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9 VISCOUNT WELLINGTON OF TALAVERA AND OF WELLINGTON, AND BARON DOURO OF WELLESLEY, ALL IN THE COUNTY
OF SOMERSET, K. G. AND FIELD MARSHAL OF THE BRITISH FORCES; MARSHAL-GENERAL OF THE PORTUGUESE, AND CAPTAIN-GENERAL OF THE SPANISH ARMIES; Commander-in-Chief of bis Britannic Majesty's Forces serving in the Peninsula ; also Grandee of the First Class in Spain, Duke of Ciudad Rodrigo, and Knight of the Golden Fleece, &c. &c. &c.
AND IN PORTUGAL DUKE OF VITTORIA, MARQUIS OF TORRES VEDRAS, Conde De Vimiera, Knight.Grand Cross of the Royal Military Order of the
Tower and Sword, &c. &c. &c.
COPIOUS DETAILS AND DELINEATIONS
OF THE VARIOUS
In which he has been engaged in
TOO ETHER WITH
OF THE PENINSULA;
AND OF THE RECENT EVENTS IN FRANCE: Thus crowning the Everlasting Monumental Pillar of British National Glory.
Including Numerous Interesting
NOT ONLY OF HIS BRETHREN IN ARMS, BUT ALSO OF THE GREAT GENE
RALS OPPOSED TO HIM IN VARIOUS PARTS OF THE WORLD.
OF THE BRITISH NATION.
BY FRANCIS L. CLARKE.
ILLUSTRATED BY ENGRAVINGS.
IN THREE VOLUMES.
THERE never was a question in politics, perhaps, in which there has been a greater, a more extreme, difference, than on that of the war in the Peninsula ; and it is not less worthy of notice, that, perhaps, there never was a greater degree of unanimity of approval than at present upon this very question.
When all Spain rose, as it were by a miracle, (for the effect was simultaneous and without combination) in opposition to the insidious thraldom of France, her exertions were looked on by many in this country with coolness, and even apathy. It was supposed im possible for a degraded, and almost enslaved popula tion to resist, even for a moment, the military powe and political machinations of him who had conquere more than half of the civilized world. All feare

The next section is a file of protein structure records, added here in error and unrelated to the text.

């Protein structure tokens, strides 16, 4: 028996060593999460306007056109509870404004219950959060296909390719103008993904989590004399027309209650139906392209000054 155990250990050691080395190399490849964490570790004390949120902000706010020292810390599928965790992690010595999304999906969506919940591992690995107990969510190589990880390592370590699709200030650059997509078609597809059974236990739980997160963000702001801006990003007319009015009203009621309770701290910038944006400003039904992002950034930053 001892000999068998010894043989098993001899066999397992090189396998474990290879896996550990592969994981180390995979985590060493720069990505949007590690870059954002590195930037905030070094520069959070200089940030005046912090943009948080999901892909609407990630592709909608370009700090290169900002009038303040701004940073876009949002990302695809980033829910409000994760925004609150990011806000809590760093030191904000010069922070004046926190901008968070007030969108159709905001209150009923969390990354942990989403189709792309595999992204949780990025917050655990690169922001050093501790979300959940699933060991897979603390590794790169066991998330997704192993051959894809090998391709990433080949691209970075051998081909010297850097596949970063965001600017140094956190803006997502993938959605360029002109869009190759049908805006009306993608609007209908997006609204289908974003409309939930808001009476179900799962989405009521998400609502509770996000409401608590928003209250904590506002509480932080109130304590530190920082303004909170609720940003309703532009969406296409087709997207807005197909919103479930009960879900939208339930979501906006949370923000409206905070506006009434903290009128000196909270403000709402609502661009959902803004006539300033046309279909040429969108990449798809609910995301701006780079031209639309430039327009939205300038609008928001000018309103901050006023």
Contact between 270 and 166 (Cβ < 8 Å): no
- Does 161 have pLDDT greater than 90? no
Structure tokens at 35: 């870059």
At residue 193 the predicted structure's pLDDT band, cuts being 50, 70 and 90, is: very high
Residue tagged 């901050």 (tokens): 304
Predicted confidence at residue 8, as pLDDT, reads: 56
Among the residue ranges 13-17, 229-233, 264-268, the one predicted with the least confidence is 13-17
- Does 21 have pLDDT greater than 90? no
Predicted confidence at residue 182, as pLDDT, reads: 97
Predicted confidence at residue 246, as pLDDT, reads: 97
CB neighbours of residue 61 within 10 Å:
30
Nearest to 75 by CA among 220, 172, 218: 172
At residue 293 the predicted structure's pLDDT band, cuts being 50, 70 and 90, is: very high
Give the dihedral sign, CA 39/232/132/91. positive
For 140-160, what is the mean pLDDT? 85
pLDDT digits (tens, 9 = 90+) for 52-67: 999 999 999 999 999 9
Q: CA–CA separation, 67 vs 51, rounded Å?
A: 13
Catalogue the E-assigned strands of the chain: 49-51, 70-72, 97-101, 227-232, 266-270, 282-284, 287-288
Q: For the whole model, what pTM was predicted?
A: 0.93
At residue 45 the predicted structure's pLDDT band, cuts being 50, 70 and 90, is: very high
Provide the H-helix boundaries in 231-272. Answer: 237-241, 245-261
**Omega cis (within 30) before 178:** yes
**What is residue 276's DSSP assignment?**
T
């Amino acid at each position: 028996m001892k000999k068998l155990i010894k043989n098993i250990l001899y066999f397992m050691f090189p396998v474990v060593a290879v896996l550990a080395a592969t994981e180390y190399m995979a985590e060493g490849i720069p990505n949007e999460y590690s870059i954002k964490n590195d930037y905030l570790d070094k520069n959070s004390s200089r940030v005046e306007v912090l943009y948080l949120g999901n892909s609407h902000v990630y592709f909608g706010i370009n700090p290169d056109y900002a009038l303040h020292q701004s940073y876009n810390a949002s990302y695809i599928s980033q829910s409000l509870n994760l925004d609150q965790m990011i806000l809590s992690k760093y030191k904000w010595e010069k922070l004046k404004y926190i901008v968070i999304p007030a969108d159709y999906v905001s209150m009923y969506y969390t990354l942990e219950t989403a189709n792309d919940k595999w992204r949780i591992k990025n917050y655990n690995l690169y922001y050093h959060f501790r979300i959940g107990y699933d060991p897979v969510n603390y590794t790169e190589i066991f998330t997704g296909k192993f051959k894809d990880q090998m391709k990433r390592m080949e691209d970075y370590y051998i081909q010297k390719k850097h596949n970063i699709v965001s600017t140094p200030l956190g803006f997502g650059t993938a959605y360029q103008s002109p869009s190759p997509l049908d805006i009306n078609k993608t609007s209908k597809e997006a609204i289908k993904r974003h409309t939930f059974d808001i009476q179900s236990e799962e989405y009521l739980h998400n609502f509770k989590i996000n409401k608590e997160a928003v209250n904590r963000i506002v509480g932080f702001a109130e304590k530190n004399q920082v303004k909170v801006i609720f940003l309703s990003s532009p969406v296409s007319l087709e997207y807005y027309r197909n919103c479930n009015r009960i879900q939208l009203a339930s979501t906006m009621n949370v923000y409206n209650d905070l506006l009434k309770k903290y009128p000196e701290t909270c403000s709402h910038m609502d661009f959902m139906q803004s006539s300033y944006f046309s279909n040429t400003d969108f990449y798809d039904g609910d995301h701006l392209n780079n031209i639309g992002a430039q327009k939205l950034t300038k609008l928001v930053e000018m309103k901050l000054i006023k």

her eventual success, and some prognosticated, with the most determined assertions, her eternal subjugation, Yet, in the space of a few short years, how changed is the scene !~so changed, that even our most desponding statesmen venture to look forward to her restoration to her ancient rank among the kingdoms of Europe, and to her resuming that rank accompanied with feelings of esteem and gratitude to Britain ; feelings which, in future political connections, may ultimately tend highly both to the political welfare and internal comfort of each country. To what, then, has this wonderful, this extraordinary, change been owing ? To what, indeed, but to the liberal and friendly assistance of this country ;-to the gallantry of our troops, and to the consummate skill and approved valour of him who has so frequently led them on to glory! During the whole progress of this arduous, this almost unequalled contest, the gallant Wellington has unequivocally afforded grounds for the highest honours that his Sovereign could shower down upon him, or his grateful country could beston. He has, by his example, given spirit and enthusiasm, not only to his own troops, but to those of the sister kingdoms of the Peninsula. By his cousummate skill, indefatigable exertions, and excellent judgment, he has foiled the best Generals of France, overcome difficulties considered insuperable, and directed the excertions of Britain, and the force of her unfortunate allies, to those points where, in all cases, they were most available.
By his steadiness, and his Fabius movements, he has preserved his own strength unbroken, whilst that